Scottish first minister Nicola Sturgeon has said she wants to hold a second independence referendum for the region in either late 2018 or early 2019.
The announcement comes days before the United Kingdom is expected to formally inform its allies in the European Union that it intends to withdraw from the body. Such a notification would trigger a two-year divorce process. If Sturgeon gets her way, that means Scots would be asked to choose between the EU and the United Kingdom by the time the terms of “Brexit” are known.
Sturgeon and a majority of Scots elected to remain in the EU in a referendum last year. They were outvoted by majorities in England and Wales.
The first minister told reporters in Edinburgh on Monday that she would do her utmost to represent Scotland’s interests in the negotiations with the EU.
The “biggest ever political listening exercise” to gauge public support for a second independence referendum Scotland’s first minister, Nicola Sturgeon, announced on Friday is really an admission of weakness.
Sturgeon, who heads the separatist Scottish National Party, said the United Kingdom’s decision to leave the European Union in a referendum this summer will have “a deep impact on our ambition for this country.”
“The United Kingdom that existed before June 23 has fundamentally changed,” she told a party gathering in Stirling.
Whereas a majority of English and Welsh voters opted to leave the EU, a majority of Scots voted to stay in. They feel they’re now being taken out of the 28-nation bloc against their will.
Sarah Gordon argues in the Financial Times that Britain’s male politicians have failed to rise to the occasion and it is time to hand over to the women. Discipline and maturity may not be their exclusive preserve, she writes, but “the past few days could give one an excuse for believing so.”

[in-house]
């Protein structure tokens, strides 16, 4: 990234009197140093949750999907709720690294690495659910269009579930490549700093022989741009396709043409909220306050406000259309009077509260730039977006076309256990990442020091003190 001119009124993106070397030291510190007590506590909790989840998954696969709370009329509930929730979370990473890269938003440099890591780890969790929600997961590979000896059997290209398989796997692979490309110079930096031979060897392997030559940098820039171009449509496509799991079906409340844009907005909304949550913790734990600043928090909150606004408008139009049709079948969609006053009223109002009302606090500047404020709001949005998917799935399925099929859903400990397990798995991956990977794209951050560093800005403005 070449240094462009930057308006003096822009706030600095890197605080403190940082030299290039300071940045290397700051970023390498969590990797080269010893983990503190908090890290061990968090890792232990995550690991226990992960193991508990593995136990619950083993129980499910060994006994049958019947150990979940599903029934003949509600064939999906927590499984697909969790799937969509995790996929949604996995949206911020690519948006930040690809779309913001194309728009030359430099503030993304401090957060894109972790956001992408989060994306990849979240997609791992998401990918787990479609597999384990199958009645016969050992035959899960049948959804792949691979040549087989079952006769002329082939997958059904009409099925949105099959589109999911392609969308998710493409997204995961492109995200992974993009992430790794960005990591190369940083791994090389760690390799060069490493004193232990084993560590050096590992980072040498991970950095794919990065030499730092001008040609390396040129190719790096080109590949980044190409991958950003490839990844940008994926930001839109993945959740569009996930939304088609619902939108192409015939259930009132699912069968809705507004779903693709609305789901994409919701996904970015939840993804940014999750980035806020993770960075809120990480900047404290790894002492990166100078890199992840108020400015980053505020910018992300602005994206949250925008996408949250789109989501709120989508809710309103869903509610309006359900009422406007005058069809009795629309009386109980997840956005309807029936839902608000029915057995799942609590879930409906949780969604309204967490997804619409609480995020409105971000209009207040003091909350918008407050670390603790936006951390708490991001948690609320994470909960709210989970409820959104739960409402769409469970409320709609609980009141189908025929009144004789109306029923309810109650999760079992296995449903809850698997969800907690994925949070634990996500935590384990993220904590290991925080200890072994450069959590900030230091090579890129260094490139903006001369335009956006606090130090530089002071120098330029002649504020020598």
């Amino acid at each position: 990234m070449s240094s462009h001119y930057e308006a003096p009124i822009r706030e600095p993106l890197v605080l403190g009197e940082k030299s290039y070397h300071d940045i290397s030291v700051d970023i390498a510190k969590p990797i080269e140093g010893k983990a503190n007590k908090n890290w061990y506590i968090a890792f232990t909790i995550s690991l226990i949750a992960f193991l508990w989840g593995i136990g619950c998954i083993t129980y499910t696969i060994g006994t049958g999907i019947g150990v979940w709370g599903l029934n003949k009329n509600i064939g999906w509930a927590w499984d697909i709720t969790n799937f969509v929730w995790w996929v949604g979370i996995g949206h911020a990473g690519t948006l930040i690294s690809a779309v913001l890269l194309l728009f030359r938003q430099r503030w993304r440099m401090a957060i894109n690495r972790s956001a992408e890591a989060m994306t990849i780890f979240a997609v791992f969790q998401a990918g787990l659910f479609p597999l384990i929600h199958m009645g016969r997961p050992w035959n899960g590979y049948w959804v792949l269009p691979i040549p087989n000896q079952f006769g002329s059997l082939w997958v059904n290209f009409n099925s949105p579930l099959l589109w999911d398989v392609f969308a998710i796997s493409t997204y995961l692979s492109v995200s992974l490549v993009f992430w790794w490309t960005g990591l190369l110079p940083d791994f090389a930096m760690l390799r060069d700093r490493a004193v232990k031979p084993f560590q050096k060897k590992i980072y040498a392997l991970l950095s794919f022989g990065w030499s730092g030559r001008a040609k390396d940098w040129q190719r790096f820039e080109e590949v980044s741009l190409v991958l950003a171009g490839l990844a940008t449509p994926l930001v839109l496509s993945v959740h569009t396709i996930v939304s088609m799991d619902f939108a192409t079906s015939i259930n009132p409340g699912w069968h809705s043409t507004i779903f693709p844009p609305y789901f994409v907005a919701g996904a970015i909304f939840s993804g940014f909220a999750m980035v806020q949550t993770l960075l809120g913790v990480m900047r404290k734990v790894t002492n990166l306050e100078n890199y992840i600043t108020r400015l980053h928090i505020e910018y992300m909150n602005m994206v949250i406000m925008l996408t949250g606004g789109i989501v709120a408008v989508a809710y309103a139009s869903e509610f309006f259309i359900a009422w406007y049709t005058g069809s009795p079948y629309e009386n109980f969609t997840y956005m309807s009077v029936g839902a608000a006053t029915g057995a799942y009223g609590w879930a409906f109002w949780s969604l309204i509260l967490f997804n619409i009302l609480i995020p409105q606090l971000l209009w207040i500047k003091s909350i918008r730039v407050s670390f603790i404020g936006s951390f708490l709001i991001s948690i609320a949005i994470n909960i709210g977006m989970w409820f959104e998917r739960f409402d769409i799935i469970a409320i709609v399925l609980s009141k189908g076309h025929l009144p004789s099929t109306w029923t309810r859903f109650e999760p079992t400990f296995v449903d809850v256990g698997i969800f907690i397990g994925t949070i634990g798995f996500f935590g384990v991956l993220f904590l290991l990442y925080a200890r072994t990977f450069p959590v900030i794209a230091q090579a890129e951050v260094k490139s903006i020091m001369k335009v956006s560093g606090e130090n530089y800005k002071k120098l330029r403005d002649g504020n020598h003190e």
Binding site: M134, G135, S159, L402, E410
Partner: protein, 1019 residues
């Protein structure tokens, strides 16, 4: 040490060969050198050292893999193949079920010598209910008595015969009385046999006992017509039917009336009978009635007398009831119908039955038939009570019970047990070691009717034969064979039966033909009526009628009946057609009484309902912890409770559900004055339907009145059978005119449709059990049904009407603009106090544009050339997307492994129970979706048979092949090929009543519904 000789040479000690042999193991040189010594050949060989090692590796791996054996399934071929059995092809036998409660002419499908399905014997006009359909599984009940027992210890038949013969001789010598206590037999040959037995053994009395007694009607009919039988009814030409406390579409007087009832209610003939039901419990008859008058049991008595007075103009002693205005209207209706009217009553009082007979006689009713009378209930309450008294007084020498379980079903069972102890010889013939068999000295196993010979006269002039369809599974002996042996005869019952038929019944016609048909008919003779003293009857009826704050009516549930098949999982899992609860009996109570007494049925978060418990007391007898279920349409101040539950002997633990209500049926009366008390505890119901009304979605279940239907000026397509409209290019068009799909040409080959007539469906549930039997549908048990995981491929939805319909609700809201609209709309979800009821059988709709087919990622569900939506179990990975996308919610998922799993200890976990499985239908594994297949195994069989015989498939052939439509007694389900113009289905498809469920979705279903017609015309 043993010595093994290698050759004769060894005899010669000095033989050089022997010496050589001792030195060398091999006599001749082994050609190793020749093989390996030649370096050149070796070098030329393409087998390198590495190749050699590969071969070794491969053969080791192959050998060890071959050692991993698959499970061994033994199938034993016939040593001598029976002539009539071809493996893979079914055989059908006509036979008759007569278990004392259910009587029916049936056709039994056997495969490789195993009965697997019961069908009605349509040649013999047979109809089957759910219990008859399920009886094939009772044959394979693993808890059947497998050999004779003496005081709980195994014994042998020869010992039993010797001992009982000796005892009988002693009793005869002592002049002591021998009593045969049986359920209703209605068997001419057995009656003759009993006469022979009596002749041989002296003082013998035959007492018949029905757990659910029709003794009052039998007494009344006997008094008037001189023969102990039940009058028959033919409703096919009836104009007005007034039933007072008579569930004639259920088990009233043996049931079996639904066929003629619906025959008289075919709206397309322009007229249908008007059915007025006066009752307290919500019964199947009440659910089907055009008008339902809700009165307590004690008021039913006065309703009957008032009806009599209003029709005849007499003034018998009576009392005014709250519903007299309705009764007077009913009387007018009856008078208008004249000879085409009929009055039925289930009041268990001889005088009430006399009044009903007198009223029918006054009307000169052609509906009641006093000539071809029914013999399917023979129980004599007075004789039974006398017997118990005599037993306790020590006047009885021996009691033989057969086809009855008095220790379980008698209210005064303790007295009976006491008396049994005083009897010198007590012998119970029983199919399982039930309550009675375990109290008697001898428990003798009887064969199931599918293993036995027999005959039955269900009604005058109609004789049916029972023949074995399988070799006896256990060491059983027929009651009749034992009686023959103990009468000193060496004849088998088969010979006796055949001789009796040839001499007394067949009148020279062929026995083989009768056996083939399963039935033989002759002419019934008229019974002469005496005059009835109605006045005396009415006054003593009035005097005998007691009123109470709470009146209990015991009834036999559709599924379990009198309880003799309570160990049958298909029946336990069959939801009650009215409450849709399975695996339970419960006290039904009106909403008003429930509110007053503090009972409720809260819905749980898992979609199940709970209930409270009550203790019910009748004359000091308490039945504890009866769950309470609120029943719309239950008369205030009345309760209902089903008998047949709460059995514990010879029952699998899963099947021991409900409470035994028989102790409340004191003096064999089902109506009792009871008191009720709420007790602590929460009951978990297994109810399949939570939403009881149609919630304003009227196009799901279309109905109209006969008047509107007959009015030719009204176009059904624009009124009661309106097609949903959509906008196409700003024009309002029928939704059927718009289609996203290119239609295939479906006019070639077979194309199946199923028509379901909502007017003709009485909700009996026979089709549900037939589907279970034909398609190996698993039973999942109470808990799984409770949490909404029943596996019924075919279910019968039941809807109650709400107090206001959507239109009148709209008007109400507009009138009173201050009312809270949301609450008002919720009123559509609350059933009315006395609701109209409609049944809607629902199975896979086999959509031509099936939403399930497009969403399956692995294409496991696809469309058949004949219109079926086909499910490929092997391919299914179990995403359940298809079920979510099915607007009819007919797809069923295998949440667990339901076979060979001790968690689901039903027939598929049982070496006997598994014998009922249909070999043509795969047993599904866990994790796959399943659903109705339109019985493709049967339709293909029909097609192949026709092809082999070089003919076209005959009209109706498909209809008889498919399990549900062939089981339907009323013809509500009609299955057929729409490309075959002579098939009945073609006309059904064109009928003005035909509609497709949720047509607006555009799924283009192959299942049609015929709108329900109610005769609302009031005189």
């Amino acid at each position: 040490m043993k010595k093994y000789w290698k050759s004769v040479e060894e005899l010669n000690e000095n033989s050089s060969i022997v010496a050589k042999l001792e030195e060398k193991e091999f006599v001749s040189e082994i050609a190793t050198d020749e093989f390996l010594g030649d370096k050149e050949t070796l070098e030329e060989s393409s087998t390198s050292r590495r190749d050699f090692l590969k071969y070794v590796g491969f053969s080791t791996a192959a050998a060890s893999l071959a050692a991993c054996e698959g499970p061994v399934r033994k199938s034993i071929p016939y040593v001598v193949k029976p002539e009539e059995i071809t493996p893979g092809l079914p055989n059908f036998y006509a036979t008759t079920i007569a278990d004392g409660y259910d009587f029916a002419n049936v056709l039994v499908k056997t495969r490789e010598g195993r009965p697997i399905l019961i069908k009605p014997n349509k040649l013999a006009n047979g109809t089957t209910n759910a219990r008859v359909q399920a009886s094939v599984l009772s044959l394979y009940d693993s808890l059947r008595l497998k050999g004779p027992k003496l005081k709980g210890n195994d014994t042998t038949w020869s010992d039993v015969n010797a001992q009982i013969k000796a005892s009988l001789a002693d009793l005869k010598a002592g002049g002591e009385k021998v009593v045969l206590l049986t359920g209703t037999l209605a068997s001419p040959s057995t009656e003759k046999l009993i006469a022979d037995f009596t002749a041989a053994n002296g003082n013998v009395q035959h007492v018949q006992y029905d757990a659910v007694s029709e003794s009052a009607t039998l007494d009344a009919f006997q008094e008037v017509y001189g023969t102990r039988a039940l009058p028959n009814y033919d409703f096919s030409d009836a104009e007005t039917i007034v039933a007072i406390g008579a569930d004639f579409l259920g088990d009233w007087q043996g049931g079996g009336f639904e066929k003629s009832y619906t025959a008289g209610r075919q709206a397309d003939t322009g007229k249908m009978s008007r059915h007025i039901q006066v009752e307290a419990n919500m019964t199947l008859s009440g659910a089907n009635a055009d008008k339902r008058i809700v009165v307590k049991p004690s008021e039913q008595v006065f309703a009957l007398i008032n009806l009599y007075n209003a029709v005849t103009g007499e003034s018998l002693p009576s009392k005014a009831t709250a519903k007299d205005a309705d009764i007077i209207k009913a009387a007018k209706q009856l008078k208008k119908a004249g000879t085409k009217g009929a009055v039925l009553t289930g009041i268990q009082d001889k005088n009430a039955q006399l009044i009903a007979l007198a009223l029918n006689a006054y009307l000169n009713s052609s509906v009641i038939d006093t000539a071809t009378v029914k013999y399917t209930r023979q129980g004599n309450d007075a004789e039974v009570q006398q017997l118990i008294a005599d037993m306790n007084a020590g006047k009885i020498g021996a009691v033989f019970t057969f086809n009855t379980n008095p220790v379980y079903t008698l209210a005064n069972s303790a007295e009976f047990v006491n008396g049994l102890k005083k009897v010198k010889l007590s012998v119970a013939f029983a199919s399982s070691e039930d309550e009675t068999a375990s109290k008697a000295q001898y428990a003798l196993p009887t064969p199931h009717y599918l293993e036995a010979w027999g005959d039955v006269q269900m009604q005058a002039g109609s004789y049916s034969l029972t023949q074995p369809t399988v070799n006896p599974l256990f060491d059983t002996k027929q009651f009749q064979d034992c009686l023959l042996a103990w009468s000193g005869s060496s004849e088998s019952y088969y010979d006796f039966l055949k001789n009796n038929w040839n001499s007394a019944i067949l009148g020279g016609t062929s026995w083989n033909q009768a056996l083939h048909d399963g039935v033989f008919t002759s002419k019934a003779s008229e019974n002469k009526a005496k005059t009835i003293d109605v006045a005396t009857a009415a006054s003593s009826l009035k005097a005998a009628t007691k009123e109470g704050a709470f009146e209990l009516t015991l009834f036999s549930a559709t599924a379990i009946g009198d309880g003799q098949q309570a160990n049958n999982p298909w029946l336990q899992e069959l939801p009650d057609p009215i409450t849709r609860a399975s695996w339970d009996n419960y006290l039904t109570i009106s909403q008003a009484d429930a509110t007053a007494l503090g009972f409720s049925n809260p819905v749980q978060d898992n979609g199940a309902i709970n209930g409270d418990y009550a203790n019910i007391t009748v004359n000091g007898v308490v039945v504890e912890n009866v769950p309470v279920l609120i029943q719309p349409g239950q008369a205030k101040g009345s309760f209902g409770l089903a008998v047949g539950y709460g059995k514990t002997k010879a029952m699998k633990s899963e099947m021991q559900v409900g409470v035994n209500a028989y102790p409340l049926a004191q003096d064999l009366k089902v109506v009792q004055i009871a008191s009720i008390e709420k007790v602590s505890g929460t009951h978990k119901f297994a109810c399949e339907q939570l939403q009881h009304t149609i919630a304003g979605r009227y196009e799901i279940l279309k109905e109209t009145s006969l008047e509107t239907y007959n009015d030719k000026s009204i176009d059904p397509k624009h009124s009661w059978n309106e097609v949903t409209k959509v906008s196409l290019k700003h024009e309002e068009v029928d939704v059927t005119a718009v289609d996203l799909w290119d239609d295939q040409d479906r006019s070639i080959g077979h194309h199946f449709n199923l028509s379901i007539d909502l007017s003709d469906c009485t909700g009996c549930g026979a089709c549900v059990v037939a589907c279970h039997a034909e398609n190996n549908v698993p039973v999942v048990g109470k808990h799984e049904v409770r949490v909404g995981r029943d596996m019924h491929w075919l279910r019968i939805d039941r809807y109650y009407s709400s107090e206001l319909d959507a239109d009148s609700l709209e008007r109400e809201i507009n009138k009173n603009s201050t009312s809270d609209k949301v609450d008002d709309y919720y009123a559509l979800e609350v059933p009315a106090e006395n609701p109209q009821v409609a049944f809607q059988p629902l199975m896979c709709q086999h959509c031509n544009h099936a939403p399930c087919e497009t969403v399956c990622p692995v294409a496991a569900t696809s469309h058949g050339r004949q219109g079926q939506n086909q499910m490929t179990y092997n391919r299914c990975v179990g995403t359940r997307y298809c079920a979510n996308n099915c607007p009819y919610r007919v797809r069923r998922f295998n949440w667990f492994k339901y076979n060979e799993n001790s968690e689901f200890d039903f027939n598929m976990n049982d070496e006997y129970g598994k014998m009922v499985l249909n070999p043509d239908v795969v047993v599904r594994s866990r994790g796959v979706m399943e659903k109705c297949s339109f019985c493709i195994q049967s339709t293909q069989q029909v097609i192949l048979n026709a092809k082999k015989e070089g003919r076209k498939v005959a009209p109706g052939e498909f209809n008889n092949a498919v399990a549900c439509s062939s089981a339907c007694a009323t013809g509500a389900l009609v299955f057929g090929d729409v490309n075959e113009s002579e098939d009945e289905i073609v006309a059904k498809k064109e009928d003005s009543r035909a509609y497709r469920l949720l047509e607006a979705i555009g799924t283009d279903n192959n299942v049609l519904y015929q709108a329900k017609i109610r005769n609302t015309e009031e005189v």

There is something to be said for female power at a time when the men in her country’s ruling party appear to be living out their House of Cards fantasies.
Nationalist leader Nicola Sturgeon told Scots on Saturday that with Labour in disarray, her party was the only thing standing between them and “another decade of Tory government.”
In doing so, she may have reignited the debate about Scottish independence that Britain’s ruling Conservatives had hoped to put to rest with a referendum last year.
At a conference in Aberdeen, Sturgeon, who also leads the region’s devolved government as first minister, reasserted her Scottish National Party’s status as a “credible” social democratic party as opposed to Labour. Its failure “to meet even the basic requirements of effective oppositions — to be united and credible as an alternative government — should make them deeply ashamed of themselves,” she said.
Labour may have thrown away its chance of removing the Conservatives from power when it elected the radical Jeremy Corbyn as leader in September. His far-left economic and foreign policy views threaten to split the parliamentary party and are wholly unacceptable to the majority of British voters. Read more “Scottish Nationalists Take Advantage of Labour Upheaval”
Scottish National Party leader Nicola Sturgeon told The Guardian newspaper last week she would no longer condition policy support in Westminster on the removal of Britain’s nuclear submarine fleet from the region.
That takes away a major obstacle from a potential coalition with the Labour Party which is opposed to moving the Trident submarines from Faslane, a naval base west of Glasgow.
The nationalists are projected to win as many as 56 out of 59 Scottish seats in May’s general election. 41 of those are currently held by Labour.
Such a victory for the nationalists could deny Labour the opportunity to beat Prime Minister David Cameron’s Conservatives although they are likely to fall short of an absolute majority as well.